Buying online can be daunting but there are some savvy purchases to be made. Words: Guy Kesteven Photos: Mick Kirkman.
As part of our buying direct feature, we review three bikes, the Terry Dolan Scala Ultegra (£1,999.99), the Planet-X Exocet 2 Ultegra (£1,999.99) and the Canyon Speedman AL 9.0 (£2,199)
Dodging the inevitable costs that a bike shop has to add to keep its lights on and doors open makes direct-sell bikes a tempting bargain.
But do they cut corners with their design and performance, or do they just cut out the middleman?
The first thing we’d say is choose wisely. It seems there are always several new brands importing frames or bikes direct from a far eastern manufacturer, but few stick around for long. This may leave you out in the cold if you ever have a problem with your bike, whether that’s spares, warranty or worse still a legal claim.
We have deliberately stuck to long-established direct-sell brands with guaranteed back-up for this test. Even then you’re unlikely to get the same friendly support like that from your local shop.
Secondly, be prepared to wait. While you might be able to walk into a conventional bike shop and walk out with the bike you want, most direct-sell outfits build on demand. Holding large stocks of frames and components is expensive, therefore direct sell brands order in small batches or wait until favourable price opportunities from suppliers.
That gives more flexibility in finished bike specs, but can mean several days or even weeks before your bike gets put on a van to your house. And, because new designs are expensive, you’ll find models stay in the range much longer than mainstream brands. In fact lack of supply of new models meant direct sell specialists Quintana Roo, Rose, Sensa and Ribble all recorded a DNS (did not send) for this test.
But the bikes we did get prove that it’s worth persevering and waiting for the postman if you want a bargain.
Terry Dolan Scala Ultegra £1,999.99 dolan-bikes.com
Terry Dolan has put bikes bearing his name under some of the UK’s best riders over the years, including Chris Boardman, and whenever performance for price is the challenge, Dolan’s rise to the top.
The Scala is no exception, especially for longer distance events.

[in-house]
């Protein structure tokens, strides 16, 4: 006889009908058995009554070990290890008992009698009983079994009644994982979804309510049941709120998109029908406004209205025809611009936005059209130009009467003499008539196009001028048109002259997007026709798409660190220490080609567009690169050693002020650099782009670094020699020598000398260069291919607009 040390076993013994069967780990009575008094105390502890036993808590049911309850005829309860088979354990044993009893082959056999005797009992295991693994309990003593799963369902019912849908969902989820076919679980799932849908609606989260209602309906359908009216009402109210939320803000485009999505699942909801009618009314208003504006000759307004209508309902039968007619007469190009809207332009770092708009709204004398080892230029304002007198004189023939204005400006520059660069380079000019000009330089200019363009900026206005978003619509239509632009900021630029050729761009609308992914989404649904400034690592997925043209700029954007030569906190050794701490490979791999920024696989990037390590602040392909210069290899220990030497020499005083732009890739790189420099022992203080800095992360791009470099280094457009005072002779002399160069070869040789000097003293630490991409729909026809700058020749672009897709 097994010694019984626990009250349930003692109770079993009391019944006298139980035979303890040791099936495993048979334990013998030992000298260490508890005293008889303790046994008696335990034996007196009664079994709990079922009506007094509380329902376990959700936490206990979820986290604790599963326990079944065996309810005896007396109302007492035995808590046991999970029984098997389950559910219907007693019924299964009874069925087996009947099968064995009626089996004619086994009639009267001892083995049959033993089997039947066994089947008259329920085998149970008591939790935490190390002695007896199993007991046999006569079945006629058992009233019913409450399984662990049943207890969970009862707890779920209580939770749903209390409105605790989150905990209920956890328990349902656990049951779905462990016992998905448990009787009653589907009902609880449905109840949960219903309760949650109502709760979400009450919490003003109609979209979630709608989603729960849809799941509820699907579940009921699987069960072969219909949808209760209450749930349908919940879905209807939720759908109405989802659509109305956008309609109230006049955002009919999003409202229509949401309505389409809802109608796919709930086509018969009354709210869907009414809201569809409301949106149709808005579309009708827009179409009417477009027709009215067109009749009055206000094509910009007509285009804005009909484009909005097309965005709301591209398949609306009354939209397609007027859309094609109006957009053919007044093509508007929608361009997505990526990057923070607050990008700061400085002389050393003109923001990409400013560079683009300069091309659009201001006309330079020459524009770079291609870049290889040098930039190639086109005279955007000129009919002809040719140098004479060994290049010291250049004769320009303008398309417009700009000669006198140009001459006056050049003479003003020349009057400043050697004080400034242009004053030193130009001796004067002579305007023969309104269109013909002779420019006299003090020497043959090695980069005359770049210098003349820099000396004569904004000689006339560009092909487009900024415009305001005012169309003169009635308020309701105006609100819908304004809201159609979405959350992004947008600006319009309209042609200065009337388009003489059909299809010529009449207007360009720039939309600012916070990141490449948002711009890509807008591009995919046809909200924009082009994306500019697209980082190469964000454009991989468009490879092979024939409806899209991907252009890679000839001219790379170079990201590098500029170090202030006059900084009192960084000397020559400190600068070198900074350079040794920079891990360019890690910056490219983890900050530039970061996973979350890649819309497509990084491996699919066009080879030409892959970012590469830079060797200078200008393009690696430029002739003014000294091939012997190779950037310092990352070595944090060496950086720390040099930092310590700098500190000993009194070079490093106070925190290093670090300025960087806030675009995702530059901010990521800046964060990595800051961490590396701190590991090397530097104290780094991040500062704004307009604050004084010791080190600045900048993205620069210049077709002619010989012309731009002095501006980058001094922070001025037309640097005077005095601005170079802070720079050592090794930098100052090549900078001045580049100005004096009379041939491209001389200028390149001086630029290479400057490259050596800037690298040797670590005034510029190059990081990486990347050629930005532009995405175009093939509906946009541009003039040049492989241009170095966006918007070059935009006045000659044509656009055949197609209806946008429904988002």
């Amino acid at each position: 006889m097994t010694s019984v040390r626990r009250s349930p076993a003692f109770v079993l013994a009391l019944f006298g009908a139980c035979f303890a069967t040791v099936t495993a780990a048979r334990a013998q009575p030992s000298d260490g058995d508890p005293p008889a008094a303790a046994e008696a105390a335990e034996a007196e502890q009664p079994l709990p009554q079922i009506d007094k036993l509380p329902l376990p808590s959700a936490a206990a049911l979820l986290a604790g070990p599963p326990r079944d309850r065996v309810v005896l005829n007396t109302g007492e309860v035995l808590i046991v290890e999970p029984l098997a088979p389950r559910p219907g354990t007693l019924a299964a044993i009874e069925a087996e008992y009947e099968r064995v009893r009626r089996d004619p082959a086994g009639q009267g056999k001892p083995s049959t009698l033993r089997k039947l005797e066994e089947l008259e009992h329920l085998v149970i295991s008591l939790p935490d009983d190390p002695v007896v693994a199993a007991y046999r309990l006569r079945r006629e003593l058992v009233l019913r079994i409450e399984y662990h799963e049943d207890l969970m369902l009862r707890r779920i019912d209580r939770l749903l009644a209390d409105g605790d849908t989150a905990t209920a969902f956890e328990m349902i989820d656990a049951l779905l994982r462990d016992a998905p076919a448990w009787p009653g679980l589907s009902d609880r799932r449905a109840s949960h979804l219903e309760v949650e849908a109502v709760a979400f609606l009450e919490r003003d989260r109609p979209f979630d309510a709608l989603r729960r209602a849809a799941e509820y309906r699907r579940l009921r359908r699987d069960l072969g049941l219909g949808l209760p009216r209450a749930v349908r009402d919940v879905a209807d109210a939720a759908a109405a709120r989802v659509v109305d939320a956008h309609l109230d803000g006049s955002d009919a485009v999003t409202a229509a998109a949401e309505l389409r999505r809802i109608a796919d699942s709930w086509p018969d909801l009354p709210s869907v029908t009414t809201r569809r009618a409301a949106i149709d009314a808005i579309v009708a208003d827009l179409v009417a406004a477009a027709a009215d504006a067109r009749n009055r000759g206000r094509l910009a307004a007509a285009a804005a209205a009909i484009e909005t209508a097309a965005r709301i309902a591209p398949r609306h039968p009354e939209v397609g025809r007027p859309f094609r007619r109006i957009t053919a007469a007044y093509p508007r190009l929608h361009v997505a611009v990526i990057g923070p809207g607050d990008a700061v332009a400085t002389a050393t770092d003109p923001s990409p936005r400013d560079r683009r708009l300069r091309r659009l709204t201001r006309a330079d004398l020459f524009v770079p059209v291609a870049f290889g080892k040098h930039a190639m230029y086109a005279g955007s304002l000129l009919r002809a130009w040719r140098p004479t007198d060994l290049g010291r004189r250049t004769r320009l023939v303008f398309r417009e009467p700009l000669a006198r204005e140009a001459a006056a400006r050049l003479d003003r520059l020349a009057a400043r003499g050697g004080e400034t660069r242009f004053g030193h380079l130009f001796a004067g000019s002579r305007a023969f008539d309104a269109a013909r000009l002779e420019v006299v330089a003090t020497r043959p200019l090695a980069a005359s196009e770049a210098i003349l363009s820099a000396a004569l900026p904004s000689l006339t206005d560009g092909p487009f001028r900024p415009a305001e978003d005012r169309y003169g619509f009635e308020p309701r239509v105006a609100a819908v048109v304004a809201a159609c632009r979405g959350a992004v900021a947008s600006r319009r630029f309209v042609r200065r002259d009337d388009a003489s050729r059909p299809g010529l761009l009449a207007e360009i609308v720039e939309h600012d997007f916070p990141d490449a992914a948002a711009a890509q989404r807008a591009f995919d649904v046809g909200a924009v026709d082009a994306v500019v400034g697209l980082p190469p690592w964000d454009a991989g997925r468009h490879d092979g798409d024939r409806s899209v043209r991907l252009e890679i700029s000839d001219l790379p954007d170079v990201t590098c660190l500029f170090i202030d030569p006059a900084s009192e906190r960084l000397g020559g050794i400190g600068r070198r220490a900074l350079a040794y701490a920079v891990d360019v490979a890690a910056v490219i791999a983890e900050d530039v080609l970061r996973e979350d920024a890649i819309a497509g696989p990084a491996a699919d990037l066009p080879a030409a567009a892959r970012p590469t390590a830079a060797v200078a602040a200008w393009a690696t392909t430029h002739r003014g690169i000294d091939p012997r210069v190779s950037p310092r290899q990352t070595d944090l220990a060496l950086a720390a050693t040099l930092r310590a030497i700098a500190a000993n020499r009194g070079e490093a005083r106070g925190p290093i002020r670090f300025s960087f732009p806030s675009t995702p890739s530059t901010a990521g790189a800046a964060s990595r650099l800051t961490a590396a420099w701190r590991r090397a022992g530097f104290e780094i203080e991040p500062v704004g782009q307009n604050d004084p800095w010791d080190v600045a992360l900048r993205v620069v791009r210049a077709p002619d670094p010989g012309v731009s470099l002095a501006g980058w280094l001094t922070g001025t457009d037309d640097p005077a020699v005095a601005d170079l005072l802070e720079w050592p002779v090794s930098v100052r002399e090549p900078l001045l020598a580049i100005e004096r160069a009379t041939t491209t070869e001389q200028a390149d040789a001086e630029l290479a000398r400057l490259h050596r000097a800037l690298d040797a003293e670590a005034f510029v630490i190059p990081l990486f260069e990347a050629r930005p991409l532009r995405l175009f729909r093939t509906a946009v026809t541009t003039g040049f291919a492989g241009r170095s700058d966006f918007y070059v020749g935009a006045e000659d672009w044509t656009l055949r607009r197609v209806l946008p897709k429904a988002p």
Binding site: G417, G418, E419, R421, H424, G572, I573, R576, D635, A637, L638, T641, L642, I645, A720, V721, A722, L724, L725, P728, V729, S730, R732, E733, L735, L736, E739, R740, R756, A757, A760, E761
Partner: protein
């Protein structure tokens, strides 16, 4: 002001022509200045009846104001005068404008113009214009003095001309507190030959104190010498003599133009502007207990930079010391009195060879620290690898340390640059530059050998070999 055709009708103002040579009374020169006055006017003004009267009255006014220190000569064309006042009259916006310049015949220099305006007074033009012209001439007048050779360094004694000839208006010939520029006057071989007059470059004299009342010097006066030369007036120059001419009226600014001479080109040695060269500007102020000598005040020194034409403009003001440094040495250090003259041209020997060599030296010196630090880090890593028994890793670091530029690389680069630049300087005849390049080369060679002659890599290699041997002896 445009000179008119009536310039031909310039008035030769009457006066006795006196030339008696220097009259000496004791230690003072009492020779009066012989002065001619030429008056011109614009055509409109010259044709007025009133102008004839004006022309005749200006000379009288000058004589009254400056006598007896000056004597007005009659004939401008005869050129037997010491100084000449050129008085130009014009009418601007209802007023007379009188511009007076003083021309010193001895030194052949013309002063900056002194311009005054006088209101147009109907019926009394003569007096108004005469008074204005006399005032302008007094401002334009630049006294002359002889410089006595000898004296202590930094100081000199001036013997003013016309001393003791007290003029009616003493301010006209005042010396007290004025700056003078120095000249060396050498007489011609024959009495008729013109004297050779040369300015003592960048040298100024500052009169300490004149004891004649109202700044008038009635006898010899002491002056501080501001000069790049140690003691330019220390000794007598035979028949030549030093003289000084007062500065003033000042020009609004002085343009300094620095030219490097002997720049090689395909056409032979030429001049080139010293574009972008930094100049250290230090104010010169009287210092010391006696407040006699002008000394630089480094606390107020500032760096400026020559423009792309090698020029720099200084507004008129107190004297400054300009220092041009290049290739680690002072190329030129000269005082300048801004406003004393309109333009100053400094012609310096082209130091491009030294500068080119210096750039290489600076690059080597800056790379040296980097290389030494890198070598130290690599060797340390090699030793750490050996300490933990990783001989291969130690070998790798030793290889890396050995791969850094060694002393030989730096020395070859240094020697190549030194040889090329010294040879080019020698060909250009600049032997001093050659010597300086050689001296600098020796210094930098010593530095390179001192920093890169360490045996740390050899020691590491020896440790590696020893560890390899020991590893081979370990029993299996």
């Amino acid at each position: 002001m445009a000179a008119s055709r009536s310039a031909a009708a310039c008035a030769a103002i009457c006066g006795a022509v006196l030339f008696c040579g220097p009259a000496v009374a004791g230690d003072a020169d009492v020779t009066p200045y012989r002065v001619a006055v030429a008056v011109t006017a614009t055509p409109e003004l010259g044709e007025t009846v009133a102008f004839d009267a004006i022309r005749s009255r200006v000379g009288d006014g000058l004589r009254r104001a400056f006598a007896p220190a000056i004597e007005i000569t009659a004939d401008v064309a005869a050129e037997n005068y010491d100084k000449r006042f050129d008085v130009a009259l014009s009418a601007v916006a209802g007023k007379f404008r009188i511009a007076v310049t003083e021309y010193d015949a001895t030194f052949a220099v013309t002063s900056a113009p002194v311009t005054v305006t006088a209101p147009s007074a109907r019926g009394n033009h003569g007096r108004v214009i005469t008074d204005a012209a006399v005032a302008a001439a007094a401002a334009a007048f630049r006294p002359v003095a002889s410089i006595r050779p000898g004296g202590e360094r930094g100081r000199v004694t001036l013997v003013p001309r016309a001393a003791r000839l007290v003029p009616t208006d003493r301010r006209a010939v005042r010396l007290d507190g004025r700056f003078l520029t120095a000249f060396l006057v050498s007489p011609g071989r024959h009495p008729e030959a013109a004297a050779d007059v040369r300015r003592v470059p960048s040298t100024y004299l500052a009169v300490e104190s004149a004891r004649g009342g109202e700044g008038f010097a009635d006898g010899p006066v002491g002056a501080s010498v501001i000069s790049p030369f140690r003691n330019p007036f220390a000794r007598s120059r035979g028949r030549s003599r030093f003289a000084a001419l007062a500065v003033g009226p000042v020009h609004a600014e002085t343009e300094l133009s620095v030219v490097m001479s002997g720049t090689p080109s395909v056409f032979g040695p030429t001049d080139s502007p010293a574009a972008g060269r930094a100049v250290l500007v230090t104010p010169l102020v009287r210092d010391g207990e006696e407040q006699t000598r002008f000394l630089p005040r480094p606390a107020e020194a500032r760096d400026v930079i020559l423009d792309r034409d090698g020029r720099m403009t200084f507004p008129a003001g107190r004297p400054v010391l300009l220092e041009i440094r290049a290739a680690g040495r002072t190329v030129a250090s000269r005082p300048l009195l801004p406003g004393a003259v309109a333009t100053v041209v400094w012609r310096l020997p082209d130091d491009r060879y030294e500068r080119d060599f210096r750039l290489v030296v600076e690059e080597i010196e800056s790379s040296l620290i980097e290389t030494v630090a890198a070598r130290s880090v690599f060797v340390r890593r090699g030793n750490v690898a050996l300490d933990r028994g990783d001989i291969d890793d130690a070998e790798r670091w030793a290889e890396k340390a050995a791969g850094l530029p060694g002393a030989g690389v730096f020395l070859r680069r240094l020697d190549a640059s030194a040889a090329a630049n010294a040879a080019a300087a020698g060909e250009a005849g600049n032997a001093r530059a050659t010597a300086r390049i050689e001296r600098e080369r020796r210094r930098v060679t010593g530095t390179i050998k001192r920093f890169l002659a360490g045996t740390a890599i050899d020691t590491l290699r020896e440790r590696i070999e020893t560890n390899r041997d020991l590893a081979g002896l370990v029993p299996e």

Frame and Forks
The Scala is definitely the most radical frame here in terms of aerodynamics. The vertical seat-post that extends from a seatstay junction short stub, above the radically wheelwrapping seat-tube, is straight out of the Cervelo school of streamlining.
There’s a wheel hugging cut-out in the downtube as well as a flared mid section to help divert air around your water bottle and the multi-section fork dovetails with a cut out behind/below the head tube.
The head of the fork also hides the rear mounted mini V brake while the rear brake is tucked under the chainstays.
Cable routing is internal and compatible with Shimano and Campagnolo electric systems. The seat post has a sliding saddle mount to alter the effective seat angle and it’s the only frame here certified for top level UCI sanctioned time trial use if you fancy taking on the roadies against the clock without having to swim first.
With a frame cost double that of the Planet-X you’re not getting a bonus chainset upgrade, but you do get a full Ultegra transmission including chain and cassette rather than a sneaky downgrade.
While the Mavic Cosmic Carbone SLS wheels aren’t the fastest and can be a handful in crosswinds, the Yksion Pro tyres are a great performance all rounder with ultralite inner tubes to keep them smooth and lively in feel. The Fizik Tritone saddle is our favourite chopped-snout seat and the Alpina bars are comfortable and are widely adjustable.
When we swapped between the bikes during testing, comfort was the most obvious point our testers made about the Dolan.
Right from the tip of the flared trouser-style forks to the ends of the multi-section chainstays, the Scala is designed to smooth out as much rattle and road buzz as possible. While the pontoon pads of the Alpina bars and the chopped nosesaddle take some getting used to (we recommend that you drop your saddle by one to two centimetres from normal for the best results) once you’ve found your sweet spot you’ll genuinely glide down the road.
The carefully sculpted and skinny tubes are oblivious to wind direction too, and even though the Mavic wheels have
a history of crosswind misbehaviour, happily we didn’t have any issues on test.
The softness is also an obvious issue when you put the power down though, and while it was the lightest bike on test by nearly a pound it needed the most patience to accelerate.
Trying to stomp power through the cranks and heave the bars to hurry things up only succeeds to highlight the flex too so you’re best using a sequential spin through the gears to gain speed.
Lack of handling muscle and the high speed manners of the wheels mean it’s best coaxed through corners smoothly rather than carved and sliced.
That’s frustrating if you’re a powerful athlete on a short, technical course where braking and acceleration play a big part. However, smooth pedalling and relaxed cornering are text book techniques for long distance efficiency and in the same way the deliberately fluid and friendly Cannondale Slice is a great choice for Ironman use, so is the lightweight limousine ride of the Scala.
So if it’s a long, comfortable, ride you’re after, this might be the bike worth logging on for.
Most aerodynamically advanced frame on test with a great value Ultegra spec.
Comfortable frame and forks with ergonomic bars and Fizik saddle.
Soft frame also means soft power delivery.
Mavic wheels have high wind and high speed handling issues.
Performance Value Overall
Dolan’s super smooth Scala is an absolute bargain for efficient long distance work but lacks punch for short course work.